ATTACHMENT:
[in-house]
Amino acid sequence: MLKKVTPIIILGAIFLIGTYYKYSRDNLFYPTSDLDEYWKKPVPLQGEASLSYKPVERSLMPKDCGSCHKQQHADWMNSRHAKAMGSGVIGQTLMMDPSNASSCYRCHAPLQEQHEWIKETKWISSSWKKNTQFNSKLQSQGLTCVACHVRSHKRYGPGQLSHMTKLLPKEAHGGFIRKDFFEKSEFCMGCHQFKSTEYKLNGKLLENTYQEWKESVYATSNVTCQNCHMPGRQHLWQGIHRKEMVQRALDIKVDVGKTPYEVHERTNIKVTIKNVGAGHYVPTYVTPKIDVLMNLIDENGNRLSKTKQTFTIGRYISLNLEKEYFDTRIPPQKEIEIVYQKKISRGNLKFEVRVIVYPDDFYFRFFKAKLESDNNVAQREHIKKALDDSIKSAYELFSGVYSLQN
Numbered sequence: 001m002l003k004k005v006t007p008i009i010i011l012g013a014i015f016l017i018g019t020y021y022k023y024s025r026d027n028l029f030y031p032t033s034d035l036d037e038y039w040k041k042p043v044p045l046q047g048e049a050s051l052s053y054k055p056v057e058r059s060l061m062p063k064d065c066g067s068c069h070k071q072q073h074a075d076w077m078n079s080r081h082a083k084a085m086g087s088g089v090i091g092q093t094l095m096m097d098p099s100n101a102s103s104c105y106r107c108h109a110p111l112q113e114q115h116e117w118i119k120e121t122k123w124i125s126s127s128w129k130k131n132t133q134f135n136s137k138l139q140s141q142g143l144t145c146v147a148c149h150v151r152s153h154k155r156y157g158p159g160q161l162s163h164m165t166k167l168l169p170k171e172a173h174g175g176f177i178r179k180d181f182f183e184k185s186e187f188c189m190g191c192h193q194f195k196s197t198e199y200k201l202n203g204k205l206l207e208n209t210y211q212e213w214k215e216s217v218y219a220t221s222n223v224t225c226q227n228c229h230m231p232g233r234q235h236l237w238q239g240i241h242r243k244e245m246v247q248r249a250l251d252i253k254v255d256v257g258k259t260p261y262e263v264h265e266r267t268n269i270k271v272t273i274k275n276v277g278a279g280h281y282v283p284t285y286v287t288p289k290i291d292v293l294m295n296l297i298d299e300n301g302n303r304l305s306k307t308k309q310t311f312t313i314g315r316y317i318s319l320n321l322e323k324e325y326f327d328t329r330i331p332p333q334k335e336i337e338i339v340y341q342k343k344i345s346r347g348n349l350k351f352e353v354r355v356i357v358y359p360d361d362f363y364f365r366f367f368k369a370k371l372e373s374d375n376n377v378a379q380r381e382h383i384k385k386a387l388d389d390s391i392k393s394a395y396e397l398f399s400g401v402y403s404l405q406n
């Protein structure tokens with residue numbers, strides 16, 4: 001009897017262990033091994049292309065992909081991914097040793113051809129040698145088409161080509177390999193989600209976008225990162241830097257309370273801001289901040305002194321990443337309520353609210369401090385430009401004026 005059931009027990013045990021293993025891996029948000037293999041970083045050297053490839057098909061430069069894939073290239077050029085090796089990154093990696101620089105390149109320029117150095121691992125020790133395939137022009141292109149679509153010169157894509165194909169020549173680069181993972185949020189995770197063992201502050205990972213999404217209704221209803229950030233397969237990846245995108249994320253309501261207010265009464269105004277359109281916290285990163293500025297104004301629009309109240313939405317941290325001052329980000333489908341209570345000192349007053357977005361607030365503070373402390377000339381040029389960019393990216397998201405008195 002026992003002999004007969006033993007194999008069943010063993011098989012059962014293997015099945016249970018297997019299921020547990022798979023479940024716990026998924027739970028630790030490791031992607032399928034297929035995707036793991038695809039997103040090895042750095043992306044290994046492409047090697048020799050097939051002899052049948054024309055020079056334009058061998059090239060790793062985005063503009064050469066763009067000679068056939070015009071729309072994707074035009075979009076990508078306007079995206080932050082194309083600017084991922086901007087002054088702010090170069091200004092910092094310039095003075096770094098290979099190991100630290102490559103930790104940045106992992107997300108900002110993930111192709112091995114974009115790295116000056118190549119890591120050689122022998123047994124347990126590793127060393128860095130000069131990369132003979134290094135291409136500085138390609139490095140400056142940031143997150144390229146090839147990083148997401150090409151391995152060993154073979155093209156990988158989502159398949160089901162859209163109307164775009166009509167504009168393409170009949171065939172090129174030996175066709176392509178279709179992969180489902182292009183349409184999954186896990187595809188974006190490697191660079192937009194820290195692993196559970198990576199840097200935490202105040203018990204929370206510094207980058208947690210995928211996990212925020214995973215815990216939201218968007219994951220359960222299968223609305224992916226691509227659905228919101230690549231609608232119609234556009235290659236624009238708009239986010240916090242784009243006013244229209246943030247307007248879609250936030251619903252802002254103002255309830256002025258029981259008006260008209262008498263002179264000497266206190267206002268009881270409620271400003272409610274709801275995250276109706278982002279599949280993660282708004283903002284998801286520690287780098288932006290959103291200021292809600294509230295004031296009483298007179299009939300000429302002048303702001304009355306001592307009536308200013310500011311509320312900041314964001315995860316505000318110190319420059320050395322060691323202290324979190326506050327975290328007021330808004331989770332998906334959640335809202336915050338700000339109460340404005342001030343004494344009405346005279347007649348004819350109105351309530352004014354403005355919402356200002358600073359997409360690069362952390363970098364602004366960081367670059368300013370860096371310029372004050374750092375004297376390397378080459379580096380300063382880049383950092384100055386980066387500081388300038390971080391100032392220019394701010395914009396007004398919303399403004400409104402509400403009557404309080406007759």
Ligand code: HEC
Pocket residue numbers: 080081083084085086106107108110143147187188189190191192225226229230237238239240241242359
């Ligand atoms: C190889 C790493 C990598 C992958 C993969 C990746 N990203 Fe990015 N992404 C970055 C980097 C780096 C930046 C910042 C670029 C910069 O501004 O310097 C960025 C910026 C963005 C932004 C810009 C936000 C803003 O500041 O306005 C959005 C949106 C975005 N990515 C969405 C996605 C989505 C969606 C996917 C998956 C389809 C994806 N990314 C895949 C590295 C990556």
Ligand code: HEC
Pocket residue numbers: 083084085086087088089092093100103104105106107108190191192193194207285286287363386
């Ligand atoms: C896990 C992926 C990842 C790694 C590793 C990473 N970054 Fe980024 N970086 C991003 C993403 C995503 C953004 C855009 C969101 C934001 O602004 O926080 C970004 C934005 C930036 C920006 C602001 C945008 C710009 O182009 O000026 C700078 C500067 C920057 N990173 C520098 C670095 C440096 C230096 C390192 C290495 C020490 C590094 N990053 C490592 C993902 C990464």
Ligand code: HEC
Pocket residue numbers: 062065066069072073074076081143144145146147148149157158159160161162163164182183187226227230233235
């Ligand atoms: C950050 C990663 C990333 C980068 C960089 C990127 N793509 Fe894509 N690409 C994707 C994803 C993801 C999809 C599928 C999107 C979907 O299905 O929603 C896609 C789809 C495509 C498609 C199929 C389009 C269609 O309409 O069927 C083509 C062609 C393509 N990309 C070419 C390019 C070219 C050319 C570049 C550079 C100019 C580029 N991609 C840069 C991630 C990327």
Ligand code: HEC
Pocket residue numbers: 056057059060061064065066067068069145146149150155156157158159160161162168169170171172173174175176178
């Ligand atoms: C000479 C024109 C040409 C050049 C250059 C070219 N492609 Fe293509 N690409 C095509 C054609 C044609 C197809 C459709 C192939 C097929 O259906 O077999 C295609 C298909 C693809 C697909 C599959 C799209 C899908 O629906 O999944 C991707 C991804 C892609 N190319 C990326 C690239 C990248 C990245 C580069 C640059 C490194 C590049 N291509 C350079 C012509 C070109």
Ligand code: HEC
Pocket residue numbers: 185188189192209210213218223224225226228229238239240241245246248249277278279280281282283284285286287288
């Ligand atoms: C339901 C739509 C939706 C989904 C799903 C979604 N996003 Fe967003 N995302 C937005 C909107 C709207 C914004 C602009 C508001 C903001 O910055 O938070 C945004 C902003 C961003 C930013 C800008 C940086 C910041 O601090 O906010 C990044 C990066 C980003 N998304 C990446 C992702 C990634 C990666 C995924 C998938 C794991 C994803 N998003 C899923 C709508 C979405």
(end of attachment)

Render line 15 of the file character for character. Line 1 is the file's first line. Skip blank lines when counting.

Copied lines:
Pocket residue numbers: 056057059060061064065066067068069145146149150155156157158159160161162168169170171172173174175176178